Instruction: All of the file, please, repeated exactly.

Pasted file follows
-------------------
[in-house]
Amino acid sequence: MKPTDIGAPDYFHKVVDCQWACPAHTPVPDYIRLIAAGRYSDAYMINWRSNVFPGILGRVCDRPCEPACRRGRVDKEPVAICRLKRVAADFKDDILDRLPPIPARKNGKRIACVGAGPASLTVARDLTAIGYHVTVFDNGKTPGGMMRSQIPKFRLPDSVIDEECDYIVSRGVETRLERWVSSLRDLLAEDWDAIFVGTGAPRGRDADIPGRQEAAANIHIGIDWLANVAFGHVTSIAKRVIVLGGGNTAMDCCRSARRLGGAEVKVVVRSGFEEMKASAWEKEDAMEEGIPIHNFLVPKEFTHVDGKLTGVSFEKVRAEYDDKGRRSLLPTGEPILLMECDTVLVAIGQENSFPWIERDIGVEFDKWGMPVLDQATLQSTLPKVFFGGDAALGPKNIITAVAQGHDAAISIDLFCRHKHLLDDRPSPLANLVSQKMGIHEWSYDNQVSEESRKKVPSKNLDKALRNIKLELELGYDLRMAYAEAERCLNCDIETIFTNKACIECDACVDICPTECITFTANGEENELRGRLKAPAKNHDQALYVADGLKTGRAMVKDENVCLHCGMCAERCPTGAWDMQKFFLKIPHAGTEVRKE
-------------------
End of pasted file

[in-house]
Amino acid sequence: MKPTDIGAPDYFHKVVDCQWACPAHTPVPDYIRLIAAGRYSDAYMINWRSNVFPGILGRVCDRPCEPACRRGRVDKEPVAICRLKRVAADFKDDILDRLPPIPARKNGKRIACVGAGPASLTVARDLTAIGYHVTVFDNGKTPGGMMRSQIPKFRLPDSVIDEECDYIVSRGVETRLERWVSSLRDLLAEDWDAIFVGTGAPRGRDADIPGRQEAAANIHIGIDWLANVAFGHVTSIAKRVIVLGGGNTAMDCCRSARRLGGAEVKVVVRSGFEEMKASAWEKEDAMEEGIPIHNFLVPKEFTHVDGKLTGVSFEKVRAEYDDKGRRSLLPTGEPILLMECDTVLVAIGQENSFPWIERDIGVEFDKWGMPVLDQATLQSTLPKVFFGGDAALGPKNIITAVAQGHDAAISIDLFCRHKHLLDDRPSPLANLVSQKMGIHEWSYDNQVSEESRKKVPSKNLDKALRNIKLELELGYDLRMAYAEAERCLNCDIETIFTNKACIECDACVDICPTECITFTANGEENELRGRLKAPAKNHDQALYVADGLKTGRAMVKDENVCLHCGMCAERCPTGAWDMQKFFLKIPHAGTEVRKE